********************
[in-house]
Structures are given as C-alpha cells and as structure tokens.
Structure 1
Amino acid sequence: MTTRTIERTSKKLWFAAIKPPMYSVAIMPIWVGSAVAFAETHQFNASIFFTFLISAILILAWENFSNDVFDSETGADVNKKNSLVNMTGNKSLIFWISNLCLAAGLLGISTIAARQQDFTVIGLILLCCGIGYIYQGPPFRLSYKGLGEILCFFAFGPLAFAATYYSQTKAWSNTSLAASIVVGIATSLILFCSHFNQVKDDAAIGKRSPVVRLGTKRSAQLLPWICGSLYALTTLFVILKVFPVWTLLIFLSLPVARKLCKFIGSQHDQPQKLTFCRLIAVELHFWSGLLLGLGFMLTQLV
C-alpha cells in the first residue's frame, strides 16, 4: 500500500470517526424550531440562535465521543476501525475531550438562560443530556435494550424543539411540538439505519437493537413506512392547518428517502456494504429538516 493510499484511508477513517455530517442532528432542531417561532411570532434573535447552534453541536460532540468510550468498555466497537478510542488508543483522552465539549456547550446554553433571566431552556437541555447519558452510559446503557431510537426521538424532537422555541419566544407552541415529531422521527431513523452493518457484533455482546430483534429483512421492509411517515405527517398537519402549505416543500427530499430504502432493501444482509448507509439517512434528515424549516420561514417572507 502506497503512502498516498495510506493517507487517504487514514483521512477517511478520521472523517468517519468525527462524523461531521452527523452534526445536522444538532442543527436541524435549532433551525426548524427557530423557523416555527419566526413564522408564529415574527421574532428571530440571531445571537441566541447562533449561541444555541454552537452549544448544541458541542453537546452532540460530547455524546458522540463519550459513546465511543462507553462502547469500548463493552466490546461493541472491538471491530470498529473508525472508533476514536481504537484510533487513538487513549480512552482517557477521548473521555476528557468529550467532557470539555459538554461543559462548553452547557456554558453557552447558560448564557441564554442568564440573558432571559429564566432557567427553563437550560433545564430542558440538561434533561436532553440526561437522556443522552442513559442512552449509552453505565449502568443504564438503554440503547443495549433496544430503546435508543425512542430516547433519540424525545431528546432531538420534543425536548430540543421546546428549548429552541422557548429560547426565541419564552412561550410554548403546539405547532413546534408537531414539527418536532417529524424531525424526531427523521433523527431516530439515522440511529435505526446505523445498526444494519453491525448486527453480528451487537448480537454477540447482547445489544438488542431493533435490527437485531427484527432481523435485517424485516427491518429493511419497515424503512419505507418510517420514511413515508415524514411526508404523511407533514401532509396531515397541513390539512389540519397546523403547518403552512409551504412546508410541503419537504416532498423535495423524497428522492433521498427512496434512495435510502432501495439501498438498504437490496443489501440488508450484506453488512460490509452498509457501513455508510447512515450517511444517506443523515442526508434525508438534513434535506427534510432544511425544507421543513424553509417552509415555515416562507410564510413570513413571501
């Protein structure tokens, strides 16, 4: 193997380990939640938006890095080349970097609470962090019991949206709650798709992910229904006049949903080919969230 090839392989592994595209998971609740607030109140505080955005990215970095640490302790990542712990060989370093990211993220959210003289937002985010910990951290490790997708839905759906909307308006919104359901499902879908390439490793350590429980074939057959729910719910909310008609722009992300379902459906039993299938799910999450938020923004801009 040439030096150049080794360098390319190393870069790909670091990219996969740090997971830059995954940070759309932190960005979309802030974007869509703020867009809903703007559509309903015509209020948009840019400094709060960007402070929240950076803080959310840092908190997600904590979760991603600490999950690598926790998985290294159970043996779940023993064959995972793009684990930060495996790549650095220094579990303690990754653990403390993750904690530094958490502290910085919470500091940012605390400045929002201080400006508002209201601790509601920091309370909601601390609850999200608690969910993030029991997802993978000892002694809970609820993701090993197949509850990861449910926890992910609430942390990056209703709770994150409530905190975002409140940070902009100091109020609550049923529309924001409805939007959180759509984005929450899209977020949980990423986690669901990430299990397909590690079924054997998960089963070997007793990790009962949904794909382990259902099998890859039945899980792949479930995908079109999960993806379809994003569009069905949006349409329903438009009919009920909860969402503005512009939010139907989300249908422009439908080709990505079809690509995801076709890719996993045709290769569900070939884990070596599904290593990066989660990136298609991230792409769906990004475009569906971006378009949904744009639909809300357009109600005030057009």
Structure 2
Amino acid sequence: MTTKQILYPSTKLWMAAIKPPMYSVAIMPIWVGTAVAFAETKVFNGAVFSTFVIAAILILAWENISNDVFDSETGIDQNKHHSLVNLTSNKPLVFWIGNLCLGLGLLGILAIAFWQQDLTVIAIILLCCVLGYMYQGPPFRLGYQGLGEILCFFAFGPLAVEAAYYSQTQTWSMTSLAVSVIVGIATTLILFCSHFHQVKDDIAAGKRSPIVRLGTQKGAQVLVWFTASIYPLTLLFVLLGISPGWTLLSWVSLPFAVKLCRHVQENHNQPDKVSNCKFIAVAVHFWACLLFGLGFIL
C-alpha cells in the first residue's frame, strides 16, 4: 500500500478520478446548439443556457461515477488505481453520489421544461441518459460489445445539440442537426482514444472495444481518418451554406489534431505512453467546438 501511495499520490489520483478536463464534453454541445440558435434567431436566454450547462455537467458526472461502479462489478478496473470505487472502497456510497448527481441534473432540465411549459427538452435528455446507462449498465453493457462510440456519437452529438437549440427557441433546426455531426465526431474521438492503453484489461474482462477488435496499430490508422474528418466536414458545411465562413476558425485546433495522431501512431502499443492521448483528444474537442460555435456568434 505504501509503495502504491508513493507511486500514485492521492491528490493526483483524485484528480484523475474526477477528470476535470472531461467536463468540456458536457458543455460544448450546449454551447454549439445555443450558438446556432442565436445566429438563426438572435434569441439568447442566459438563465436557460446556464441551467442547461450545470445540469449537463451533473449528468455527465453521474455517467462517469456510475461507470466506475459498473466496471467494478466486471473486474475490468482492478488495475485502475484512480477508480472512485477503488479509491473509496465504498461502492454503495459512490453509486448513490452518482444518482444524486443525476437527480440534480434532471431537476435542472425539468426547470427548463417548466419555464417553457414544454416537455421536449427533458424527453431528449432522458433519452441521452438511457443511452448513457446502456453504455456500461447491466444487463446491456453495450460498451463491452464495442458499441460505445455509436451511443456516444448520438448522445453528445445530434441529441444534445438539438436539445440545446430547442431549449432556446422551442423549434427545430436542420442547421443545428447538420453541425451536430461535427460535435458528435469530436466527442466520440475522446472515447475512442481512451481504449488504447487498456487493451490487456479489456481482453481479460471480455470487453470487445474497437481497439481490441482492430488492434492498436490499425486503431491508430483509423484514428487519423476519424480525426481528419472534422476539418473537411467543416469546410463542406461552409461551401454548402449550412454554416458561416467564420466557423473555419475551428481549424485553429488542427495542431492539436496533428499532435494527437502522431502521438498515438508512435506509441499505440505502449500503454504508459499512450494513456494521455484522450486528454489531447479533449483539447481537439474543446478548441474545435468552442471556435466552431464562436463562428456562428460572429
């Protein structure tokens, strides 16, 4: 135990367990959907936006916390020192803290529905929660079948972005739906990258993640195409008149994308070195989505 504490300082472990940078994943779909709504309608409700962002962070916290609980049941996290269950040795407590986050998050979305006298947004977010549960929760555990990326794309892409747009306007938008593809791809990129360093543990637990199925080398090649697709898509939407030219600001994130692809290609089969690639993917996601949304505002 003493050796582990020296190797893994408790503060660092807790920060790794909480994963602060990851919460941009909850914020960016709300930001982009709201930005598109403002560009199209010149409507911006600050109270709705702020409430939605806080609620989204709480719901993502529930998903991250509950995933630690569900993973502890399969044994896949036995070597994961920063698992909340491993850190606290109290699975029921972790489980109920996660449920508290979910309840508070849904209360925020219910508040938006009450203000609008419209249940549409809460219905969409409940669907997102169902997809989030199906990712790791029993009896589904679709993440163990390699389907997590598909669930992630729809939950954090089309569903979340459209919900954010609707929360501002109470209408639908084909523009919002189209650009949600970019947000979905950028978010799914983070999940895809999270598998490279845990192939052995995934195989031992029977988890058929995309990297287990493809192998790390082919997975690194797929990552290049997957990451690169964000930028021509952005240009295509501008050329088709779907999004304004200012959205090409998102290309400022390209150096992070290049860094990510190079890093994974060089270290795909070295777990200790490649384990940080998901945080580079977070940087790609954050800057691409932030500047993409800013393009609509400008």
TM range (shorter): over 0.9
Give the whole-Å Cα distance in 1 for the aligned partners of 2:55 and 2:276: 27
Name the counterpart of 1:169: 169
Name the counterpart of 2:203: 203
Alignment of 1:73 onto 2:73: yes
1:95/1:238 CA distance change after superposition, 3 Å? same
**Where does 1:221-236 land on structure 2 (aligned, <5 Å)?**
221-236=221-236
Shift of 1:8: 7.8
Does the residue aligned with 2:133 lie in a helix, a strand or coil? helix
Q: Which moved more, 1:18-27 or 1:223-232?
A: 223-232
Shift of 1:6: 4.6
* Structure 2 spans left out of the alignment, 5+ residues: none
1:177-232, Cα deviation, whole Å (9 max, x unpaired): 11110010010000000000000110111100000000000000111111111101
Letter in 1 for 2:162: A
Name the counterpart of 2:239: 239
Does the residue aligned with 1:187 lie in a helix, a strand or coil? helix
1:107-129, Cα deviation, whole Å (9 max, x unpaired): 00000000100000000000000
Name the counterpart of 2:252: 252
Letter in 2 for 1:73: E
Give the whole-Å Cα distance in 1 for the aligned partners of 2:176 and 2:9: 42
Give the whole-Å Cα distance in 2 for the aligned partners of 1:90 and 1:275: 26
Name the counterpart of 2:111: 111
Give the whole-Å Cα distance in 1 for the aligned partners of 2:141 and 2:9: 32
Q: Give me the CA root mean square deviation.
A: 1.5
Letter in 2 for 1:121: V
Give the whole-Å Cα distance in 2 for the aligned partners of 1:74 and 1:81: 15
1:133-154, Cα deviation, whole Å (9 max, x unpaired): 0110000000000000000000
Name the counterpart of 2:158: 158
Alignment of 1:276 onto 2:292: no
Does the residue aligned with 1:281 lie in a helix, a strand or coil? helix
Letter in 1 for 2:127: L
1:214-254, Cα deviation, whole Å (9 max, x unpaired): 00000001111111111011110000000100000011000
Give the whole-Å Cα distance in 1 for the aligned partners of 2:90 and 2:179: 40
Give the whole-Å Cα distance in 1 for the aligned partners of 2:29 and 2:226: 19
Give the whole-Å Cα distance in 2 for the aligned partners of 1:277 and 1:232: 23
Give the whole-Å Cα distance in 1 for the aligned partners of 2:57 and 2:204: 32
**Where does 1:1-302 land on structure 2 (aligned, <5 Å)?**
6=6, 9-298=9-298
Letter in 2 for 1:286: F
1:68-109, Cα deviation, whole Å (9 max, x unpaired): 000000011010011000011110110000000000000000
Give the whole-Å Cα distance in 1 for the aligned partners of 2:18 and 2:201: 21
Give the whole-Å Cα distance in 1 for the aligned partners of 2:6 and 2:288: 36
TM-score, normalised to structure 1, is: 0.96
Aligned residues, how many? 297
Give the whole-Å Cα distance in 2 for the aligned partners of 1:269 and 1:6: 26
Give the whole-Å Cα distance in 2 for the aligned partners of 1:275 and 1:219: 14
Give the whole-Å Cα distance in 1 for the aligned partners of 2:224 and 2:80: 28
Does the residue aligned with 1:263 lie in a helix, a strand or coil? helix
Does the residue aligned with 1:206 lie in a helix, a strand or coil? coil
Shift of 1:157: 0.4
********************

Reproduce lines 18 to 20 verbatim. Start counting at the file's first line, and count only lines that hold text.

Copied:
221-236=221-236
Shift of 1:8: 7.8
Does the residue aligned with 2:133 lie in a helix, a strand or coil? helix